There are many great books out there for organization and time management. Problem is, many of us don’t have the time to sit down and read them much less implement changes! So here is a quickie version of some basic time management and organizational strategies you can begin to use today and possibly free up some time to read one of these great books later. My favorite how-to books are the xxxxx for Dummies series and yes there is a Time Management for Dummies. I highly recommend it.

Do you have a million and one things running around in your mind that you need to do? First and foremost, make yourself a to-do list to get those things out of your worried head and on to paper where they are tangible and more manageable. I keep one to do list with two sections an upper 2/3 section for work and a lower 1/3 section for home and other. I try to put them in order of importance and check things off as I go along. I start each day with a fresh list and keep the older ones for reference in case I need to go back and see when I accomplished something. A quick re-writing of my things to do list each day helps me see what has to be done and plan the day accordingly. I keep six months to a year of these to do lists for backup. Some people like to keep the same list and prioritize with A, B, or C to determine what gets done first. Whatever works for you is what you should use. Just a note – if you happen to be using the 50 post-its stuck around the computer monitor method, you may want to try the list method instead.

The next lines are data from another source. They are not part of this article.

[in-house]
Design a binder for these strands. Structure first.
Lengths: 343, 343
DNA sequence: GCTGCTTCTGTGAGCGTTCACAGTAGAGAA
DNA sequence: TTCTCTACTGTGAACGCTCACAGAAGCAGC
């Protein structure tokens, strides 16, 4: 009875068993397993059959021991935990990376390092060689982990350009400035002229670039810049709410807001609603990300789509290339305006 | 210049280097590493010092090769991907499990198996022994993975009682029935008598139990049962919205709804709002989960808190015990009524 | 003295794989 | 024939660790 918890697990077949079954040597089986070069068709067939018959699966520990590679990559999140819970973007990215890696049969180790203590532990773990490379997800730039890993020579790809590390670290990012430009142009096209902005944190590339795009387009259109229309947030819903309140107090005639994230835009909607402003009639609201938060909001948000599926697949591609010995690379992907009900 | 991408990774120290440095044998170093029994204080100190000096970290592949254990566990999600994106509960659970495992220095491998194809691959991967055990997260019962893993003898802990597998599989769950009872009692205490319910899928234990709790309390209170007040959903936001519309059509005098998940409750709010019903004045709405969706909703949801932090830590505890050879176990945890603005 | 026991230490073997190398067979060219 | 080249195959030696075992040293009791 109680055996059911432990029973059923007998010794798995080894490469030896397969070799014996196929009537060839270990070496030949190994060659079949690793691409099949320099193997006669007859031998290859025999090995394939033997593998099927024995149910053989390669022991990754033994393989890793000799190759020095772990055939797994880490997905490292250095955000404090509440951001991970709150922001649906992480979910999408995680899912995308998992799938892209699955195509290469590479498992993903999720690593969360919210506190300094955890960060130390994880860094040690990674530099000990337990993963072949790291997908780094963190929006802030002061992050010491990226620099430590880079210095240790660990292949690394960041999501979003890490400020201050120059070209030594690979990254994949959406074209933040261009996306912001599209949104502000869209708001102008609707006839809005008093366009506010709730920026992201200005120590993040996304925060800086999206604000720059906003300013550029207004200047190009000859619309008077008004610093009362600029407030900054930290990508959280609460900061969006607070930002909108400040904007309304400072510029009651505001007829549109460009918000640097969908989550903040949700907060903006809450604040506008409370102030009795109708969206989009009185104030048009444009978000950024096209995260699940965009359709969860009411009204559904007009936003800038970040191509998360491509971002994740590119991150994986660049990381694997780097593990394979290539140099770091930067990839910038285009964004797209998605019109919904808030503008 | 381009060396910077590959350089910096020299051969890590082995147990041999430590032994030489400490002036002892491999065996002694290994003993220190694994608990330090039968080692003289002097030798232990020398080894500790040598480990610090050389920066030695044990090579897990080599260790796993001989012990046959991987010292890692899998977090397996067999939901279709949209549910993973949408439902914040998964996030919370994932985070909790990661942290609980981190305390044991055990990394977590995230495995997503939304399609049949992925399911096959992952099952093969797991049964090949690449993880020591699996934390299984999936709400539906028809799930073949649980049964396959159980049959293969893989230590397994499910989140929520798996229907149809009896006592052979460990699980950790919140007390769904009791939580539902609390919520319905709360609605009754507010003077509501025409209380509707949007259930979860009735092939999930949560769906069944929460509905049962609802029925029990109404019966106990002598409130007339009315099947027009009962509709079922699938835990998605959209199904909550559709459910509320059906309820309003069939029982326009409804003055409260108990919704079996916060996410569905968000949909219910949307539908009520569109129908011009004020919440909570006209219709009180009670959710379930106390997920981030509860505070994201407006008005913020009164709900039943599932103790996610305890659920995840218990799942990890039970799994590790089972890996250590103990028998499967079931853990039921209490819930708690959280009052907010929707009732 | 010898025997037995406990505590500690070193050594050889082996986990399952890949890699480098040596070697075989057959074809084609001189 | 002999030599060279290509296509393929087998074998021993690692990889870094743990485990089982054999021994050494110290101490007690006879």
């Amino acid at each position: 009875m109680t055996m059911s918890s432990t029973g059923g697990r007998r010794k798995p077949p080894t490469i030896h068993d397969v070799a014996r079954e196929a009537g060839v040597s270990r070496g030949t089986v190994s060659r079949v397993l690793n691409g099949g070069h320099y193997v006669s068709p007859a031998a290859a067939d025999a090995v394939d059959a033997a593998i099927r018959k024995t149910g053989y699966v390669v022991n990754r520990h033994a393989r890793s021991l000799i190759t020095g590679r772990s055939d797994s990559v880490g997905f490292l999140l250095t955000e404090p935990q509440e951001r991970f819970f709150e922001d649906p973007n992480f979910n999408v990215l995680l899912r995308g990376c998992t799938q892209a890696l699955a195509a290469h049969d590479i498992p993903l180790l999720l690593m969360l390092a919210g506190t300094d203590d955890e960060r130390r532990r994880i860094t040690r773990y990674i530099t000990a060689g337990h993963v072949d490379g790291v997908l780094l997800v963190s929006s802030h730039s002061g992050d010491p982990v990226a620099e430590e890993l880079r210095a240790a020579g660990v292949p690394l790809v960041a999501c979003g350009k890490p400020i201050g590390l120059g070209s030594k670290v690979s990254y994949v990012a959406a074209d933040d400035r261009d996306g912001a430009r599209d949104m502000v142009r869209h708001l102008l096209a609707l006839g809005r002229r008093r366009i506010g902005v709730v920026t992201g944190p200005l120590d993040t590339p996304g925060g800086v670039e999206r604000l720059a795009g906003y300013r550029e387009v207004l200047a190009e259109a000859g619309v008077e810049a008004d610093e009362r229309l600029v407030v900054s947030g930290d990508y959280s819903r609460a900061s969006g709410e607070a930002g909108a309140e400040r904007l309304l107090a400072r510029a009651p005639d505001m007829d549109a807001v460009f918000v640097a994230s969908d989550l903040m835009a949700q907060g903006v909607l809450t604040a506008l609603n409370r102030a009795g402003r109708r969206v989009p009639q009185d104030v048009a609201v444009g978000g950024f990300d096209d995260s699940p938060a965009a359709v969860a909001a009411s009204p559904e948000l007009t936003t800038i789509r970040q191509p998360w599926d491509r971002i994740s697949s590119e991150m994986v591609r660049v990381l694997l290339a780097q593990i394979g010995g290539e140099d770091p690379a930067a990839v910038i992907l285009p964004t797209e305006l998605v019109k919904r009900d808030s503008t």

For people at work who ask you to do smaller tasks (print reports, change this expense to a different category, install a software program, set up voice mail, etc.) tell them to send the request to you in e-mail. Be firm! Tell the requester that you will not do XYZ without a formal request via e-mail. This keeps you from having to remember the five requests you got stopped for on the way to a lunch meeting. When the task is completed, send a quick it’s done message and move to a separate e-mail folder marked tasks completed. This is a great backup when someone complains that you never responded to a request. Simply pop up the e-mail and forward to your complainer showing when the task was completed. This ends up working like that get out of jail free card in Monopoly in times when your feet are to the fire.

Filed under: Time Management

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